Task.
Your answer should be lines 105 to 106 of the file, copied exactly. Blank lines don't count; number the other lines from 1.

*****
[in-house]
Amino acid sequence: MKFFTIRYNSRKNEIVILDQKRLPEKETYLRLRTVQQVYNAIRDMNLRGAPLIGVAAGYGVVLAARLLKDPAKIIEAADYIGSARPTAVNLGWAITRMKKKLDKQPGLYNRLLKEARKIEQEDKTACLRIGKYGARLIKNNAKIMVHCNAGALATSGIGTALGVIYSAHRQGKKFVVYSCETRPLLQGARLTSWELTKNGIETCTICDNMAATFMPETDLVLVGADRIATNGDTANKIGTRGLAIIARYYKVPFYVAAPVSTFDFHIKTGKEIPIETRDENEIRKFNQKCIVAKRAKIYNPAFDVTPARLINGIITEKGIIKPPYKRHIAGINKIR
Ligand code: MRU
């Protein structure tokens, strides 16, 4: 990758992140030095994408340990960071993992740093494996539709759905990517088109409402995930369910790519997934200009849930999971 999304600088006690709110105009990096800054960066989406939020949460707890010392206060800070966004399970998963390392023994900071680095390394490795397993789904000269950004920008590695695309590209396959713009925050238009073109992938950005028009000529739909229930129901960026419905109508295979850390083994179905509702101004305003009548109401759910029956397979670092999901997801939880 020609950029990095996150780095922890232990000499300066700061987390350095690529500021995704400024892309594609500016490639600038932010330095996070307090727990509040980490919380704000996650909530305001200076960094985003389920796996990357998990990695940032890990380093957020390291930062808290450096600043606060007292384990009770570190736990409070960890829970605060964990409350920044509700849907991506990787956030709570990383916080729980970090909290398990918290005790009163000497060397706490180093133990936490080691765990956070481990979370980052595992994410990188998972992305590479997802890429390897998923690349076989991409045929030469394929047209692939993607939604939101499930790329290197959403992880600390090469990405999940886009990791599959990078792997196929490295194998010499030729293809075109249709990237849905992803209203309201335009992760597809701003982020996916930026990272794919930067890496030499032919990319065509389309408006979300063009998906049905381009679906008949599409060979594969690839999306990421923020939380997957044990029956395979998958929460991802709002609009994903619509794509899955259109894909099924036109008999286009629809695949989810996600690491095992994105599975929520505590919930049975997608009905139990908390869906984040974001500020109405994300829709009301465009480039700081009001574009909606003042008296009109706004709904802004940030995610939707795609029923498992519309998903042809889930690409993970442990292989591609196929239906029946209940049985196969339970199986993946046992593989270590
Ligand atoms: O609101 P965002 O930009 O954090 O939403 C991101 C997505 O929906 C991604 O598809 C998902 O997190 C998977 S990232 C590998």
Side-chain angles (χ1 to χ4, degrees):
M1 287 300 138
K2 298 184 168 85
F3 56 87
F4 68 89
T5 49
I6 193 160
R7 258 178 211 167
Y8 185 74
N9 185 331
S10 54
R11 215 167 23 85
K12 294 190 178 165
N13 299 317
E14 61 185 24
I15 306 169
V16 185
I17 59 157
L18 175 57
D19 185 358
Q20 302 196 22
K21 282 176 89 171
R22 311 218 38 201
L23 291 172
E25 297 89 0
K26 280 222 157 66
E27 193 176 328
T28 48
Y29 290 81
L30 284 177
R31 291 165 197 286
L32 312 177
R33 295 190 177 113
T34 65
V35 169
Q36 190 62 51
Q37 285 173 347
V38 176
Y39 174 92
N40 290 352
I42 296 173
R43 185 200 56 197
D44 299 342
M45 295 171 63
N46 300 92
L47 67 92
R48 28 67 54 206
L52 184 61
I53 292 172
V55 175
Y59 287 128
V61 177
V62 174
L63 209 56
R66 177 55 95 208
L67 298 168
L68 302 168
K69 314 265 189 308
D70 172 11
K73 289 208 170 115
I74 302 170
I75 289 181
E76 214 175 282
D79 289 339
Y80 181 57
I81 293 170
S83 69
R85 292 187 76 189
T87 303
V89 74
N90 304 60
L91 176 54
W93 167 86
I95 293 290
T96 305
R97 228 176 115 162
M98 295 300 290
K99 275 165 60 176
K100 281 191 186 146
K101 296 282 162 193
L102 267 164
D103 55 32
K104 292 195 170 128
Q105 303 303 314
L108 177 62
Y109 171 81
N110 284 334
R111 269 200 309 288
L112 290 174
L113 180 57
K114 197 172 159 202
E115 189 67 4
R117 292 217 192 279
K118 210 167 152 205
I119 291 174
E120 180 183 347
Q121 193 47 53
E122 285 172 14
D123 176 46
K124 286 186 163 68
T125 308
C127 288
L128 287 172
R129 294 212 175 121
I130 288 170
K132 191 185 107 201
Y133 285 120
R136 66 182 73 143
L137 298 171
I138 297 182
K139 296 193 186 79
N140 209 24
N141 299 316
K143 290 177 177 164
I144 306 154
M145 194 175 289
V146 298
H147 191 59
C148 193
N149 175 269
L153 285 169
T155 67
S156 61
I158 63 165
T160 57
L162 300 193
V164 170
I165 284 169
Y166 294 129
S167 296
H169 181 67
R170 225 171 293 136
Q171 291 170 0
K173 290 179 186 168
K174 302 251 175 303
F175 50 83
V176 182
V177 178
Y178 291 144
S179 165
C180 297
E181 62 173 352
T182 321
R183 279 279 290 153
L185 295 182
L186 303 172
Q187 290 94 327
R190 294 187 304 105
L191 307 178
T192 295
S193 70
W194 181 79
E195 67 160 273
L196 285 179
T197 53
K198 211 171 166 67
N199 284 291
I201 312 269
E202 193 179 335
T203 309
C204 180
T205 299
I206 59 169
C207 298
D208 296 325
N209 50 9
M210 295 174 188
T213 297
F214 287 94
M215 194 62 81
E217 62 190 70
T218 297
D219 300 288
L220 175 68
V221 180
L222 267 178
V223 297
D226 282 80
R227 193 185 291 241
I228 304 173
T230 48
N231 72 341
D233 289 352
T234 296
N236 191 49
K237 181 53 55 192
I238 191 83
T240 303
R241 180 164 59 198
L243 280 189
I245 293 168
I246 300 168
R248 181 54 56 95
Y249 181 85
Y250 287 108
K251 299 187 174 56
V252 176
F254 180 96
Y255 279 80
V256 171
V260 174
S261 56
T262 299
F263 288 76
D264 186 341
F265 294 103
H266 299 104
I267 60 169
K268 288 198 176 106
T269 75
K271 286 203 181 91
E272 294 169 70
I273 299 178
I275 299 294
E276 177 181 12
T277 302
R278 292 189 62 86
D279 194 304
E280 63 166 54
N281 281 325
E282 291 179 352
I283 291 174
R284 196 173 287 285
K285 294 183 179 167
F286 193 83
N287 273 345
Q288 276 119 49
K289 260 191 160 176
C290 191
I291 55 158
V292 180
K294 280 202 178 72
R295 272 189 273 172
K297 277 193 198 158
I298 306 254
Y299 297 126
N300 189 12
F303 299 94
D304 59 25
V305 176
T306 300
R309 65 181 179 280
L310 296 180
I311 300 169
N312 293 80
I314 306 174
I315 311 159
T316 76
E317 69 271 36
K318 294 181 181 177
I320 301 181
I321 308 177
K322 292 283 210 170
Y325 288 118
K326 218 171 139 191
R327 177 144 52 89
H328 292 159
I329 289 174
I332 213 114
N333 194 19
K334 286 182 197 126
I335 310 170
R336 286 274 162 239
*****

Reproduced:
K124 286 186 163 68
T125 308